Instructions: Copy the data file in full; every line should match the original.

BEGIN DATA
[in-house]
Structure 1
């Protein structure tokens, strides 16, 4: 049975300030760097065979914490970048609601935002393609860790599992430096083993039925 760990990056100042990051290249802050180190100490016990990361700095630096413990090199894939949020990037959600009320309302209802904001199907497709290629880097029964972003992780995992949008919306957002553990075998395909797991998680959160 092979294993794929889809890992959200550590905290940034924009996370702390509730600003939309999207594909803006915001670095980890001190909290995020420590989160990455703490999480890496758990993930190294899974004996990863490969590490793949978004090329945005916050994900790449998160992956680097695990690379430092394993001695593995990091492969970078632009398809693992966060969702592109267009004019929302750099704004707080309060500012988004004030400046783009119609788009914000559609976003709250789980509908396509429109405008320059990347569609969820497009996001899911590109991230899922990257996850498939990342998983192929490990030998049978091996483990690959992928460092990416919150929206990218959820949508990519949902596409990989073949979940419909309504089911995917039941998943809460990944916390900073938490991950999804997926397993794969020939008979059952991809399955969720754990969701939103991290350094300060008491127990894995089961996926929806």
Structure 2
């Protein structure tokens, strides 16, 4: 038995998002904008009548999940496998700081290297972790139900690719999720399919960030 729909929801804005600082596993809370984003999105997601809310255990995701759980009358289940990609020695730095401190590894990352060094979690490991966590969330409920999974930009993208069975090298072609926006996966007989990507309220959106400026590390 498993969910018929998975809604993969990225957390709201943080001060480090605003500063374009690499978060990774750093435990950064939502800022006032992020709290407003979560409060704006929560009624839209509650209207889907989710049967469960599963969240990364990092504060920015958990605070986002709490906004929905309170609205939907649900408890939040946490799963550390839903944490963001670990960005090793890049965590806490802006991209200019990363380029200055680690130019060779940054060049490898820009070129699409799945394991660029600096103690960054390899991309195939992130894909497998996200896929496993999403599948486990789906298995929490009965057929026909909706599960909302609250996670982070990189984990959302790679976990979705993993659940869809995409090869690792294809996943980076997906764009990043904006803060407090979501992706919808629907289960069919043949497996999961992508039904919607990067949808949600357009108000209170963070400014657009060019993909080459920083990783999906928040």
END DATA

[in-house]
Structure 1
């Protein structure tokens, strides 16, 4: 049975300030760097065979914490970048609601935002393609860790599992430096083993039925 760990990056100042990051290249802050180190100490016990990361700095630096413990090199894939949020990037959600009320309302209802904001199907497709290629880097029964972003992780995992949008919306957002553990075998395909797991998680959160 092979294993794929889809890992959200550590905290940034924009996370702390509730600003939309999207594909803006915001670095980890001190909290995020420590989160990455703490999480890496758990993930190294899974004996990863490969590490793949978004090329945005916050994900790449998160992956680097695990690379430092394993001695593995990091492969970078632009398809693992966060969702592109267009004019929302750099704004707080309060500012988004004030400046783009119609788009914000559609976003709250789980509908396509429109405008320059990347569609969820497009996001899911590109991230899922990257996850498939990342998983192929490990030998049978091996483990690959992928460092990416919150929206990218959820949508990519949902596409990989073949979940419909309504089911995917039941998943809460990944916390900073938490991950999804997926397993794969020939008979059952991809399955969720754990969701939103991290350094300060008491127990894995089961996926929806």
Structure 2
């Protein structure tokens, strides 16, 4: 038995998002904008009548999940496998700081290297972790139900690719999720399919960030 729909929801804005600082596993809370984003999105997601809310255990995701759980009358289940990609020695730095401190590894990352060094979690490991966590969330409920999974930009993208069975090298072609926006996966007989990507309220959106400026590390 498993969910018929998975809604993969990225957390709201943080001060480090605003500063374009690499978060990774750093435990950064939502800022006032992020709290407003979560409060704006929560009624839209509650209207889907989710049967469960599963969240990364990092504060920015958990605070986002709490906004929905309170609205939907649900408890939040946490799963550390839903944490963001670990960005090793890049965590806490802006991209200019990363380029200055680690130019060779940054060049490898820009070129699409799945394991660029600096103690960054390899991309195939992130894909497998996200896929496993999403599948486990789906298995929490009965057929026909909706599960909302609250996670982070990189984990959302790679976990979705993993659940869809995409090869690792294809996943980076997906764009990043904006803060407090979501992706919808629907289960069919043949497996999961992508039904919607990067949808949600357009108000209170963070400014657009060019993909080459920083990783999906928040």